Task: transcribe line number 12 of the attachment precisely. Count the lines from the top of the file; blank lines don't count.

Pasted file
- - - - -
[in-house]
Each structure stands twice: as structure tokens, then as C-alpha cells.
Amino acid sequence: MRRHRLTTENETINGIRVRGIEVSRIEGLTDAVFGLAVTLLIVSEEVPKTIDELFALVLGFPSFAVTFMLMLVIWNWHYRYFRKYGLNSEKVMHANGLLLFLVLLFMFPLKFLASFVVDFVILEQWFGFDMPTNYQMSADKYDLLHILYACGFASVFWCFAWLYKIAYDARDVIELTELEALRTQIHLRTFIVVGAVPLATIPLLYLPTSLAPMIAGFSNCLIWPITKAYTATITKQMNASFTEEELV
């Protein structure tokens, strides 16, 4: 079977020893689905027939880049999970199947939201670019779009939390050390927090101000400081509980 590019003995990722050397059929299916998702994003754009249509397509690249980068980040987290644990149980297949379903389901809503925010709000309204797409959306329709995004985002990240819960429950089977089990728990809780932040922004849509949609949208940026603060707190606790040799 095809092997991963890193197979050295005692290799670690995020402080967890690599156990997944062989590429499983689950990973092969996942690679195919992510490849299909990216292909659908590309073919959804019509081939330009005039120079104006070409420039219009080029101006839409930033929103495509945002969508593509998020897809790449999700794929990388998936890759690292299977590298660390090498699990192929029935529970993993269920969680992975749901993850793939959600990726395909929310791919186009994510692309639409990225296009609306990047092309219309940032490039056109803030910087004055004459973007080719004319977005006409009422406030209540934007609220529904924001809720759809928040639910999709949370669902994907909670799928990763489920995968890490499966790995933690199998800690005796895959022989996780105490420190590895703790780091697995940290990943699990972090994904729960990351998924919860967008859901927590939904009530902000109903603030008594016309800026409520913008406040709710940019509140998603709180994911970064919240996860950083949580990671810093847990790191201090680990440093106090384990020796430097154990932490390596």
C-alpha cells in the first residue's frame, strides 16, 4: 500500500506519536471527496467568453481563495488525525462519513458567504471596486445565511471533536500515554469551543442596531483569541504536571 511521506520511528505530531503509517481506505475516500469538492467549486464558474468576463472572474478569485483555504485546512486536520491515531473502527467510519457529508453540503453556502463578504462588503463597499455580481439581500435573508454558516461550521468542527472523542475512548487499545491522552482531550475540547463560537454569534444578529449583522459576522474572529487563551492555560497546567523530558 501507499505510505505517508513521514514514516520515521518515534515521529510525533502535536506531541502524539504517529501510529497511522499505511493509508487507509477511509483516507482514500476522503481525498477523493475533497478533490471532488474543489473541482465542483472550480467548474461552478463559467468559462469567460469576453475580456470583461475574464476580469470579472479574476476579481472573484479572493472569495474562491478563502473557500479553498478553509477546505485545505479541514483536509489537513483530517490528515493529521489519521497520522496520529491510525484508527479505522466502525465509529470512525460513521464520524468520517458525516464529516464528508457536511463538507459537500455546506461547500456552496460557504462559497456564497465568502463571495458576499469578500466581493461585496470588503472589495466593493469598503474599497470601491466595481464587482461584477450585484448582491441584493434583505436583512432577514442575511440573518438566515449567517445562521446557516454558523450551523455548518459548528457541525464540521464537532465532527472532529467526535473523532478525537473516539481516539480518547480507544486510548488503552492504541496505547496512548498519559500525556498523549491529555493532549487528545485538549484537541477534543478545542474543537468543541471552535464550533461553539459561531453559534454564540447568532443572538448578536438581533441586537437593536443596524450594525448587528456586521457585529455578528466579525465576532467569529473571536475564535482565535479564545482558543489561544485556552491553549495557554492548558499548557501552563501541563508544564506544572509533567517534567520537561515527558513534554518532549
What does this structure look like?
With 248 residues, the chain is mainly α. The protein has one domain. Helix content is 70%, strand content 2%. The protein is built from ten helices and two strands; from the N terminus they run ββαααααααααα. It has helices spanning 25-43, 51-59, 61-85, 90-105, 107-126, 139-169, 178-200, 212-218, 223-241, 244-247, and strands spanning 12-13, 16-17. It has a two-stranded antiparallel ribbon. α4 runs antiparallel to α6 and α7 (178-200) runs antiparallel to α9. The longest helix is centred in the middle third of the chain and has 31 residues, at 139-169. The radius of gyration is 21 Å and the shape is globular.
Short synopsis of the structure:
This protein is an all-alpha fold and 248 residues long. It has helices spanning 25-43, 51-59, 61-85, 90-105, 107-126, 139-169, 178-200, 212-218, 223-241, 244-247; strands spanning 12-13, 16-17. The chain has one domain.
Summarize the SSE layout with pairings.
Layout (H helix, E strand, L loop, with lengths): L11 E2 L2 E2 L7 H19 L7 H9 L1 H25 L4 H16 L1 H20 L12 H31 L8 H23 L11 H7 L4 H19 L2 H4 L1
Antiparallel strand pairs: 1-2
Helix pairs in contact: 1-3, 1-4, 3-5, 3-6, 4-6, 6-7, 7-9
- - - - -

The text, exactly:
Antiparallel strand pairs: 1-2